In many cases, functional nano-objects will have to be organized in suitable architectures. Our trademark is to endow such objects with mesomorphism, so as to drive their spontaneous assembly into a variety of mesophases, such as lamellar, columnar, etc. Mesophases have several desirable advantages : they are defect-tolerant, self-healing, and very often can respond to external stimuli such as electric or magnetic fields.
J.L. Gallani & B. Donnio
Single Molecule Magnets or SMM are nanometric molecular clusters able to retain a magnetization. One or several paramagnetic metal atoms are held together by organic ligands which also mediate the intra-molecular magnetic interactions. Below a certain “blocking temperature” each one of these molecules behaves like a tiny magnet, i.e. its magnetic moment is blocked along a precise direction. These molecules are studied for at least two reasons : they are at the boundary between the quantum and the macrosopic world, and they are envisioned as the ultimate storage element for magnetic information.
As of today there are hundreds of such molecules but in spite of much research, the blocking temperatures still are very low, and one is still unable to explain all the phenomenons at play. Our research on such systems is twofold : we try to get them to self-organize in the bulk or on surfaces, and we try to understand some of their “inner” properties.
Along the first line, we have succeeded in preparing the first mesomorphous derivative of the famous “Mn12” SMM. Depending on the characteristics of the mesogenic ligands (size and position of the substituting groups), clusters possessing fluid mesophases with 3D (cubic) or 1D (smectic) positional order have been obtained. Even though short ranged, the intra-layer ordering of the molecular cores in the smectic phase is square-like. The magnetic properties are preserved upon functionalization and the molecules are thermally stable up to 150 °C. Another very interesting result is the fact that the main molecular axes of the magnetic cores share a common alignment direction, in a nematic sense.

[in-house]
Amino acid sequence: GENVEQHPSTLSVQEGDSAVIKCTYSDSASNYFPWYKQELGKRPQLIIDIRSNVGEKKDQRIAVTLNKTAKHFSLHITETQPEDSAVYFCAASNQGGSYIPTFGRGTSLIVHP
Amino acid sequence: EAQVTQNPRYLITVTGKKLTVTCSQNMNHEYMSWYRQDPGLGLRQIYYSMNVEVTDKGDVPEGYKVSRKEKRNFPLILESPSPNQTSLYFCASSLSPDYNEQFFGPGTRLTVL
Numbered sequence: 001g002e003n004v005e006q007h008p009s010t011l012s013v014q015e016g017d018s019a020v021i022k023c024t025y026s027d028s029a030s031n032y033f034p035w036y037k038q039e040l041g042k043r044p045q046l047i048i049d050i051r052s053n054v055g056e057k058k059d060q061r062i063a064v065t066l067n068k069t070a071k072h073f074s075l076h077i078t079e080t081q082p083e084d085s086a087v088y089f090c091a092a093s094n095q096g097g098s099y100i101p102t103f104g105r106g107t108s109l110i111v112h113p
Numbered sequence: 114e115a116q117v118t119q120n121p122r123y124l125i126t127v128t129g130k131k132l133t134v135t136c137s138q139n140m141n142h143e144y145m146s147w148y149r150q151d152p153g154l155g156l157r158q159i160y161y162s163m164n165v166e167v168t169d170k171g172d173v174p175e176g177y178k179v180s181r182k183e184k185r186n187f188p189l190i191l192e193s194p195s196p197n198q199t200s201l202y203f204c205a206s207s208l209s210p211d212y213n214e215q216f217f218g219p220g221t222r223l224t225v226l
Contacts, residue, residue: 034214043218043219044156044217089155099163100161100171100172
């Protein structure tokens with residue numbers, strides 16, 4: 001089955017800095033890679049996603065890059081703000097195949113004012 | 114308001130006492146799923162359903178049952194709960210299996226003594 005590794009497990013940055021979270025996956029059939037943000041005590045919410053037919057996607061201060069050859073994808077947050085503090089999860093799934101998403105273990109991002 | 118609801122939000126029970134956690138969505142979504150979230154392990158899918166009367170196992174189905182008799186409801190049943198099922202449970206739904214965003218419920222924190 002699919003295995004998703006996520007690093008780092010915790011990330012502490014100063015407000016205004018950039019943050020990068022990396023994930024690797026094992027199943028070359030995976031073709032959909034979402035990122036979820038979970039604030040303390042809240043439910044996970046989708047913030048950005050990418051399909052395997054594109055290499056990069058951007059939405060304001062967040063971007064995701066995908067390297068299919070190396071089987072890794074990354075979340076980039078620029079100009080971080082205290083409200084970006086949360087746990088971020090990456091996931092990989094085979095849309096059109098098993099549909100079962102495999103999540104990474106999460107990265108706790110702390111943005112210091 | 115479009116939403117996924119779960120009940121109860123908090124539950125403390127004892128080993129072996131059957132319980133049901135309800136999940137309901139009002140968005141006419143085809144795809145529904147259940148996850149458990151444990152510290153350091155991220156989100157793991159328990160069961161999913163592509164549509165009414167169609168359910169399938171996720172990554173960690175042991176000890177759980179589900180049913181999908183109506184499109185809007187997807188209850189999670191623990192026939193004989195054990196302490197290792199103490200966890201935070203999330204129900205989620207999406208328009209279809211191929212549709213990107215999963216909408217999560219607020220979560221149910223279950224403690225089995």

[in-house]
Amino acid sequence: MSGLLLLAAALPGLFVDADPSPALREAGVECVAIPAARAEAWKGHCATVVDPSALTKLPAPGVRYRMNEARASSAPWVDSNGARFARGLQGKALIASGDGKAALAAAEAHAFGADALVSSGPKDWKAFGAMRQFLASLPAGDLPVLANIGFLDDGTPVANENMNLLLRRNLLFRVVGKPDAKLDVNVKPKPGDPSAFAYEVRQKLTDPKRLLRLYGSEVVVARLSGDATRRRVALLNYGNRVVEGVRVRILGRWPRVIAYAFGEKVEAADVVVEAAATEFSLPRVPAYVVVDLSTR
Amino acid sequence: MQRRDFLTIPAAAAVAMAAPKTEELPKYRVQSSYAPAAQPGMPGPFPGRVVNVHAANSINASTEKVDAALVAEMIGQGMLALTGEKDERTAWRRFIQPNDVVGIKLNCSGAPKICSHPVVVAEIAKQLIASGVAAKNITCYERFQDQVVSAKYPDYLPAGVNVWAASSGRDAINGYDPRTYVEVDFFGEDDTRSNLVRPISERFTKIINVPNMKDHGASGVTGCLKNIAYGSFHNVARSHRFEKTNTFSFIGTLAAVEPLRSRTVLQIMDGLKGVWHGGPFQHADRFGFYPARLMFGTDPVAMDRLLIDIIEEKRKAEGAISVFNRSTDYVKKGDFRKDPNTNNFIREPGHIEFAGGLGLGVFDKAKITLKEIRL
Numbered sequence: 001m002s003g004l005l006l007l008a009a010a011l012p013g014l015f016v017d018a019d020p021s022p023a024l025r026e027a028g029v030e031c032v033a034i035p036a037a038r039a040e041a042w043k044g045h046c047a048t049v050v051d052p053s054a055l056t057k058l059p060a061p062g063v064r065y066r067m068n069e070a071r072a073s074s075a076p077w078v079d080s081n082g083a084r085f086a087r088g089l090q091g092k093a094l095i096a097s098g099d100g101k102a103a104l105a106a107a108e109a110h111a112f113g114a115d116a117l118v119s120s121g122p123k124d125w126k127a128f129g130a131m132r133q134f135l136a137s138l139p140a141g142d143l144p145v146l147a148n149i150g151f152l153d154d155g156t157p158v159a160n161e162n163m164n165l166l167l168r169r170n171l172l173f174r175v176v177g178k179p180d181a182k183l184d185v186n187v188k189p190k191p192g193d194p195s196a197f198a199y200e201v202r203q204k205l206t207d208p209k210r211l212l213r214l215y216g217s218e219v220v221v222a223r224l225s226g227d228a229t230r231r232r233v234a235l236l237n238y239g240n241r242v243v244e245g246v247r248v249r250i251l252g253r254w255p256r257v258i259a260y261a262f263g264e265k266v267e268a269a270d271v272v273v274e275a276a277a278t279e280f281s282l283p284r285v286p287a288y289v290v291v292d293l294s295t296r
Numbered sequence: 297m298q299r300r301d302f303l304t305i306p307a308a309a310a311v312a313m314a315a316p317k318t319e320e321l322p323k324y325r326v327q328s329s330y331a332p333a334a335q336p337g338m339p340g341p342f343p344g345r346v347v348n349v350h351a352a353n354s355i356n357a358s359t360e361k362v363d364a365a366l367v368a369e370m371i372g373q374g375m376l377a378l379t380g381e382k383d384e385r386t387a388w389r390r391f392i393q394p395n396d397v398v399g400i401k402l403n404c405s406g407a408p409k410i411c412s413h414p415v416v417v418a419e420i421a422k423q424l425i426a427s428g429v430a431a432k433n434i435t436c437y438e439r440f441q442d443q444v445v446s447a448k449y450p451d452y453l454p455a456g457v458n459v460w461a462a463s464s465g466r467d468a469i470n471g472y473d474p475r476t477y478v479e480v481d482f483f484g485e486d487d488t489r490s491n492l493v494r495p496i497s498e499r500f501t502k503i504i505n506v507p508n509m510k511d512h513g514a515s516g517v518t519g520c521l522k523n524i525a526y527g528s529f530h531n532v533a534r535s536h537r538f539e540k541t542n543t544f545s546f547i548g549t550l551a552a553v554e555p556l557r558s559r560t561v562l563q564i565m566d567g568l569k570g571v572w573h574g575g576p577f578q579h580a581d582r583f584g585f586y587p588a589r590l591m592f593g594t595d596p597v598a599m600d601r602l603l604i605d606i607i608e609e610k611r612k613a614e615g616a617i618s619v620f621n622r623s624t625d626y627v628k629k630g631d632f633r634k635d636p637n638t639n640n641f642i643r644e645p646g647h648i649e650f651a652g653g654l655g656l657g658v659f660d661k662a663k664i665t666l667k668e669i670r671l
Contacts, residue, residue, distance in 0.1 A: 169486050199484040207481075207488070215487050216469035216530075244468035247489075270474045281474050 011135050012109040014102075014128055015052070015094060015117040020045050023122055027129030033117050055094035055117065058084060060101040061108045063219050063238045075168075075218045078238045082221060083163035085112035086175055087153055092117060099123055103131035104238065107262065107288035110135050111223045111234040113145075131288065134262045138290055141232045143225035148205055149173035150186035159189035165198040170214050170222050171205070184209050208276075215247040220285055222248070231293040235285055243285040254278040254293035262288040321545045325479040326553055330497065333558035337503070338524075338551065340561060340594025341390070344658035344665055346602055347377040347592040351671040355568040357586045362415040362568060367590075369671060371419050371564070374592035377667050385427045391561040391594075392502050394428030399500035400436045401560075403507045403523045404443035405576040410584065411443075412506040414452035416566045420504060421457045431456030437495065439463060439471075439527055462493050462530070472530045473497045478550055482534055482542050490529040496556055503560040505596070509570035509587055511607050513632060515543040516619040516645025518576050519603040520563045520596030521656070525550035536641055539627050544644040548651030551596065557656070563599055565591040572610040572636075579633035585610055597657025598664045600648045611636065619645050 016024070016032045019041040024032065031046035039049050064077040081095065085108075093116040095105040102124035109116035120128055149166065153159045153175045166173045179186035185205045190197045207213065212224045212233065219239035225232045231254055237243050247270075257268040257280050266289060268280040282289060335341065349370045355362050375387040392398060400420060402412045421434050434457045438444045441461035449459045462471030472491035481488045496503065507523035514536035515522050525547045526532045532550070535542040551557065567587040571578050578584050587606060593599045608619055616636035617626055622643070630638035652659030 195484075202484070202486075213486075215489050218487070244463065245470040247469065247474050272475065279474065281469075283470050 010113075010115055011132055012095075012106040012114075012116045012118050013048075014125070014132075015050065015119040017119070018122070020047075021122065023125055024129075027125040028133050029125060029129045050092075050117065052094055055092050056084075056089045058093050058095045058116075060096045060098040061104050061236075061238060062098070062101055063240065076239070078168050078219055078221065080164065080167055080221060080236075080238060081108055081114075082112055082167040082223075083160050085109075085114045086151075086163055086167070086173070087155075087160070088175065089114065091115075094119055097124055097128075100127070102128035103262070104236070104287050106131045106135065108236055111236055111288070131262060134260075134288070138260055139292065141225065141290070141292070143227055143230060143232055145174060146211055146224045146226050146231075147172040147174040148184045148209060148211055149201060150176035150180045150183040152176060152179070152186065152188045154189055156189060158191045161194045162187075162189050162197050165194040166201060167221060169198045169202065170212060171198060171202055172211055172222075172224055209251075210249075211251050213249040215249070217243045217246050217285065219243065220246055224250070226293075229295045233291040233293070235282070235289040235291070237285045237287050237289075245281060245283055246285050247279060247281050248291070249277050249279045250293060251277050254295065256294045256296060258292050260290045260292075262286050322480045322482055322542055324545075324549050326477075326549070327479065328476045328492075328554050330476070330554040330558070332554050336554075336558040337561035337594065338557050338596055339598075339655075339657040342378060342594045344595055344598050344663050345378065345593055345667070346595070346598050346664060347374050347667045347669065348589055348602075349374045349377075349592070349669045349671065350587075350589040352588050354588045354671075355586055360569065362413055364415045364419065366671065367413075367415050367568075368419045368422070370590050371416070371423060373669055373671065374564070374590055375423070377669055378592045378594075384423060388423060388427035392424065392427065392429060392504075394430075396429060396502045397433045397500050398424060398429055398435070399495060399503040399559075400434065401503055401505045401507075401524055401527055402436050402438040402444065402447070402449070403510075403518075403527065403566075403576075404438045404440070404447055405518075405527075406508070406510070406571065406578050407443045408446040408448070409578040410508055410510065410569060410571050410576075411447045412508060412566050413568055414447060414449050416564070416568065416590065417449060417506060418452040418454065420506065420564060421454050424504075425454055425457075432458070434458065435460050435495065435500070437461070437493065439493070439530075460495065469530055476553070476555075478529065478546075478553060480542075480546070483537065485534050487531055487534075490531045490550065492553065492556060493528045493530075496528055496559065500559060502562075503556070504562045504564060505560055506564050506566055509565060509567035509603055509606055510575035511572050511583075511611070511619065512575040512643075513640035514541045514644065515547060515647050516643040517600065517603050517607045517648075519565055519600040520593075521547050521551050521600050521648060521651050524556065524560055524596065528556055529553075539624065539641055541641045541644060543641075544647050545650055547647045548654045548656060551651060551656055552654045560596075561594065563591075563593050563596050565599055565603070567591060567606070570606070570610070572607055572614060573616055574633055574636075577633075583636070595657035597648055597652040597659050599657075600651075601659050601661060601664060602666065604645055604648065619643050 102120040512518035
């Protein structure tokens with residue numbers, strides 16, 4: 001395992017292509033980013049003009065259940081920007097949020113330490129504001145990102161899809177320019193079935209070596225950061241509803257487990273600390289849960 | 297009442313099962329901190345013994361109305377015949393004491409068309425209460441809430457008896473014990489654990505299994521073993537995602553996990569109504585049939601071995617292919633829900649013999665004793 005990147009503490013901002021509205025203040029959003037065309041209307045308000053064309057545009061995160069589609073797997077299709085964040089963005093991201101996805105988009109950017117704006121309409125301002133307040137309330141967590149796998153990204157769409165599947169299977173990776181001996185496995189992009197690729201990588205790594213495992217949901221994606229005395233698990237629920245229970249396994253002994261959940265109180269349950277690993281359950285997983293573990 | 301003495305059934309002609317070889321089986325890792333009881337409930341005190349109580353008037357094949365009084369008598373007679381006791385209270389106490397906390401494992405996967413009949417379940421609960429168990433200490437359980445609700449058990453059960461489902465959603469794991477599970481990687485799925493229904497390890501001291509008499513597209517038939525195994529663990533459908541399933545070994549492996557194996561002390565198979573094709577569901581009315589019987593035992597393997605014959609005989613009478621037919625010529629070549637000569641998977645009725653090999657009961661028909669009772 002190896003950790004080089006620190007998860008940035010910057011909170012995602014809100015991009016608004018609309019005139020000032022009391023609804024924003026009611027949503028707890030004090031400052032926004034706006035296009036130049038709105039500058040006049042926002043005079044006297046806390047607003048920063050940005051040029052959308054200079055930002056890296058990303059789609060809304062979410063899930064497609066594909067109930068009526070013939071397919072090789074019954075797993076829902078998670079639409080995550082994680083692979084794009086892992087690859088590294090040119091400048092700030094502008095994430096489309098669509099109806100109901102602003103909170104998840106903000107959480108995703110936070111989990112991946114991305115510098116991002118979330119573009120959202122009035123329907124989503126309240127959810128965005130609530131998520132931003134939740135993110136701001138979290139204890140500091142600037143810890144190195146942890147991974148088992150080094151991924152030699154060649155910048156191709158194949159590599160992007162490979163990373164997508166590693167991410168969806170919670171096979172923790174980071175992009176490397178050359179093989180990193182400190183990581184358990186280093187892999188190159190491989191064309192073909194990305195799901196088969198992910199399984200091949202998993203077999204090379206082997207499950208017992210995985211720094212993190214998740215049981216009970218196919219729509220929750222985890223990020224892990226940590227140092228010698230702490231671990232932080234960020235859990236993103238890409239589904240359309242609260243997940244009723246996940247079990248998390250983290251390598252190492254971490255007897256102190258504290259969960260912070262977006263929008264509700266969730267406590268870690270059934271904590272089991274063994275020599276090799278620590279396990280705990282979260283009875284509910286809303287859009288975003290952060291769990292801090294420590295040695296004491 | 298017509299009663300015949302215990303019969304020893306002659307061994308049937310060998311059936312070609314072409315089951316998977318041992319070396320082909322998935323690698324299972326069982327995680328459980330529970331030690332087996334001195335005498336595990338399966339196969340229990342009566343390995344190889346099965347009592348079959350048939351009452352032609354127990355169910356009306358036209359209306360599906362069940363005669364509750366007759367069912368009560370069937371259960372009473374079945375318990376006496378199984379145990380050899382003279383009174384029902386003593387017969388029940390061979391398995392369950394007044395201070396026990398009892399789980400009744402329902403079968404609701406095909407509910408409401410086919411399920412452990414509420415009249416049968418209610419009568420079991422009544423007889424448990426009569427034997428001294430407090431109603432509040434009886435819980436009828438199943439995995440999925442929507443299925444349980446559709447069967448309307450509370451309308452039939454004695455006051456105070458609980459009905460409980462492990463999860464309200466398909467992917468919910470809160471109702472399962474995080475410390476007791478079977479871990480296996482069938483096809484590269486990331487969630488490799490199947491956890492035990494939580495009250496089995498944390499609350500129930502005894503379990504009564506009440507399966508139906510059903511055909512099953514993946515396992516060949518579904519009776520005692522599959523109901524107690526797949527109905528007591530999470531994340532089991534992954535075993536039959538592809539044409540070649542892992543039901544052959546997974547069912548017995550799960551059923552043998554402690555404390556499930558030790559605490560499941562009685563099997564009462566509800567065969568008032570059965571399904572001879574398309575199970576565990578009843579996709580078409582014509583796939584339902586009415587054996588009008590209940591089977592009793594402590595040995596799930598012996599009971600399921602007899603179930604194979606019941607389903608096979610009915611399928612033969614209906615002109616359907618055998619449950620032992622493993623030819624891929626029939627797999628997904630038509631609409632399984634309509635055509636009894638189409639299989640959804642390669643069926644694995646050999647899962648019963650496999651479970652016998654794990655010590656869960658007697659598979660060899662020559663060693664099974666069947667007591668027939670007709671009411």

It seems reasonable to expect that these remarkable features may facilitate the 2D ordering of these clusters on surfaces, which is the ultimate goal. In order to tailor more precisely the mesomorphic behaviour of these SMMs, the modification of the ligand structure as well as the regioselective substitution of two different ligands (at the axial and equatorial positions) are in progress in our laboratory.
J.L. Gallani & B. Donnio
Metal nanoparticles are nice building blocks for the preparation of high-end innovative materials. In particular, gold and silver nanoclusters have original optical and magnetic properties which could be fruitfully combined with those of organic molecules used as ligands, yielding a new class of materials. Here again, using mesomorphism adds advantages and extra-value to the system.
2nm gold core dendronized nanoparticles display a somewhat peculiar mesomorphism as the isotropic phase appears between the amorphous solid phase and the fluid micellar cubic phase (Cr -10°C Iso 80°C Cub 140°C dec.). This phenomenon is known as “isotropic phase rentrance” and it has already been reported for other compounds. They also exhibits original magnetic properties, being ferromagnetic from 4K up to at least 400K.
Molecular structure (left) of the mesomorphous Au nanoparticle.
The particle adopt the shape of a truncated octaedron (right)
Structure of the 3D network of nanoparticles.
Nanoparticles bearing other types of ligands, organizing in a variety of architectures, are currently being investigated. Original plasmonic and magnetic properties are expected.